Relativism I: Cultural Ethical Relativism
Today we began our tour of moral normative theory. We start with what amounts to one of the great challenges to moral deliberation--the view that morality is relative. Thus there is no moral truth with a capital 'T', there are only many moral truths with a lower-case 't'. It's a popular position, but one which does not survive our Standards of Evaluation.
Why, then, discuss it? Remember that I am using our time this semester to construct an argument--a semester-long argument, as it happens. Our tour of moral normative theory--even theories we ultimately reject--is an important component of that argument.
Moreover, it is important that you understand why a moral normative theory fails especially when it is popular.
Our first of two relativist accounts of ethics, Cultural Ethical Relativism, neatly illustrates the Standards of Evaluation simply in virtue of how gracelessly it fails every standard. Of course, that doesn't mean those who are cultural relativists don't have their reasons. So we spent some time talking about the motivation for CER and the reasons that are typically given for it.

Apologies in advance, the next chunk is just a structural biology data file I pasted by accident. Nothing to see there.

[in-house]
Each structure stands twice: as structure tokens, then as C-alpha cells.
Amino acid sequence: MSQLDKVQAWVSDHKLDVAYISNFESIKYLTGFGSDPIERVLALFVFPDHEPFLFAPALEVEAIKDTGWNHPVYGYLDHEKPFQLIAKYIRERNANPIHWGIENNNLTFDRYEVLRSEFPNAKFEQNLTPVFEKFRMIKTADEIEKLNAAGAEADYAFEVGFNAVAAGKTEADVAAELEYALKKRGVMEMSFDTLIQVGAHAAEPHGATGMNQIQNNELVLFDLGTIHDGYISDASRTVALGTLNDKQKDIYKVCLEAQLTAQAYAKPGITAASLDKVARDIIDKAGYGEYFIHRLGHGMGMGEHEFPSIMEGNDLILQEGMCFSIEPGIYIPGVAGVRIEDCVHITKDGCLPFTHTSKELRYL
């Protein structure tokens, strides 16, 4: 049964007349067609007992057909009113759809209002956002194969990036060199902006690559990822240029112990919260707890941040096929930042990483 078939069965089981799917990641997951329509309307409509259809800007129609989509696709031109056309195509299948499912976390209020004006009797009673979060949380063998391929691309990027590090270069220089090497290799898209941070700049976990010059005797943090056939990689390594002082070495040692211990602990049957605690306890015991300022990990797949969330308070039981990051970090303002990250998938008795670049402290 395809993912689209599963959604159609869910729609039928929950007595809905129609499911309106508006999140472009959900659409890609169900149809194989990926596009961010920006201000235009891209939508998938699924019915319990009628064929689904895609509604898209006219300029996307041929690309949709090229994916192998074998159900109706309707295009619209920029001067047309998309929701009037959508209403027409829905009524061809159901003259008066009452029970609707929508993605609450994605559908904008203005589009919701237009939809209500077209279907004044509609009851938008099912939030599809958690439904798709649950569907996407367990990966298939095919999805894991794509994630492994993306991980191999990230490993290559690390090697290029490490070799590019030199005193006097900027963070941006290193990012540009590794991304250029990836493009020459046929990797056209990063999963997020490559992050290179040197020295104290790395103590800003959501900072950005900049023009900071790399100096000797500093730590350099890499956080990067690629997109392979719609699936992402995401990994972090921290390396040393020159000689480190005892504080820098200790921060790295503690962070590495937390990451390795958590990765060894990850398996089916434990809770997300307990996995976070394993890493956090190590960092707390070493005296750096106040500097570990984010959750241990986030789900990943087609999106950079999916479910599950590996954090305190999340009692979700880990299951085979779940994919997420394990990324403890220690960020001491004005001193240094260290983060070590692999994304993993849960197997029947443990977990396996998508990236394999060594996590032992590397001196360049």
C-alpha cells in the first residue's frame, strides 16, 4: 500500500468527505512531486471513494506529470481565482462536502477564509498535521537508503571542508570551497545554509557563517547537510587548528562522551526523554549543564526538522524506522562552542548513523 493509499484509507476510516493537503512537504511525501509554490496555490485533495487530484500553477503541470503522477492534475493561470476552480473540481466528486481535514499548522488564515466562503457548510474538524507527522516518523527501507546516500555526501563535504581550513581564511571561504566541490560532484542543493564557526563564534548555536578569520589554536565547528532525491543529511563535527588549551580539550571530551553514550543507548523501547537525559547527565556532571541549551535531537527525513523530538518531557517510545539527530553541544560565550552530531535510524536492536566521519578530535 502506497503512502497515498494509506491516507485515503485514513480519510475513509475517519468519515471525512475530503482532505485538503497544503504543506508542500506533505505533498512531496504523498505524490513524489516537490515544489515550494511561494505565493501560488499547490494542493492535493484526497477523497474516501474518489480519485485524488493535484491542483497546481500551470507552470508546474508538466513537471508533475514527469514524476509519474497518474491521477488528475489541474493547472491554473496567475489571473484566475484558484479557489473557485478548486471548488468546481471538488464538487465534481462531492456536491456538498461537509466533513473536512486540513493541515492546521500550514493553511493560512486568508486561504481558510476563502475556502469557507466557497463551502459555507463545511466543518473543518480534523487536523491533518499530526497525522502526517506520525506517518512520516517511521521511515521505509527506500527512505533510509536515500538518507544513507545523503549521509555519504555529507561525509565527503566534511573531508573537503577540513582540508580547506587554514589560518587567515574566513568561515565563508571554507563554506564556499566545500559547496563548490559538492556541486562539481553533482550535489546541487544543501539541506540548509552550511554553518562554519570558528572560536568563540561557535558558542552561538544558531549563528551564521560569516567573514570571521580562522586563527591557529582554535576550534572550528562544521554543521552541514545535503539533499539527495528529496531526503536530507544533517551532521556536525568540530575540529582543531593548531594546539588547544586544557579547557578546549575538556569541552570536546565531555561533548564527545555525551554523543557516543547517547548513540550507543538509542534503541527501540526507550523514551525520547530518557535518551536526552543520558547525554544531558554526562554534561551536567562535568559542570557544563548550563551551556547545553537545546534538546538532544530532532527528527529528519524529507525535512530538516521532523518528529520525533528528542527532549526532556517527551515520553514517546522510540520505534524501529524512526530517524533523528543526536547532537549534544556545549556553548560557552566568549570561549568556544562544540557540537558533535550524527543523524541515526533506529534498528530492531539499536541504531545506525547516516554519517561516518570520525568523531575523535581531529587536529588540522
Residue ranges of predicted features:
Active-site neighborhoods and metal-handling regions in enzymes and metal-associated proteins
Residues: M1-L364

We then moved on to discuss how CER fails Clarity, Coherence, and (particularly) Reflective Equilibrium.
We may thus reject CER: it cannot be true. It is therefore doubtful, although not certain, that the conception of morality which holds that morality is a function of one's culture could be correct.
What I find alarming are the number of people who profess to believe in something like CER. The theory fails the Standards so badly that it is hard to imagine what it would be like for CER to be true.
If you happen to engage in a debate with someone who argues as if CER were true, be patient. First make sure they're not confusing descriptive ethical theories with prescriptive ethical theories. Descriptive ethical theories tell us how people actually come to have the moral beliefs they do, which may well have something to do with their culture.
The mistake is to think that it follows that culture tells us what we should do--to confuse, that is to say, a (weakly explanatory) descriptive ethical theory with a prescriptive, or normative, ethical theory. I'll have more to say about this distinction next time.
Also, keep in mind that your opponent will doubtless not enjoy your advantage of having seen CER spelled out in detail and taken apart Standard by Standard, Argument by Argument.
Tomorrow we will take up an important alternative to CER, one which is even more radically relativistic than CER, but which intriguingly passes Clarity and Coherence!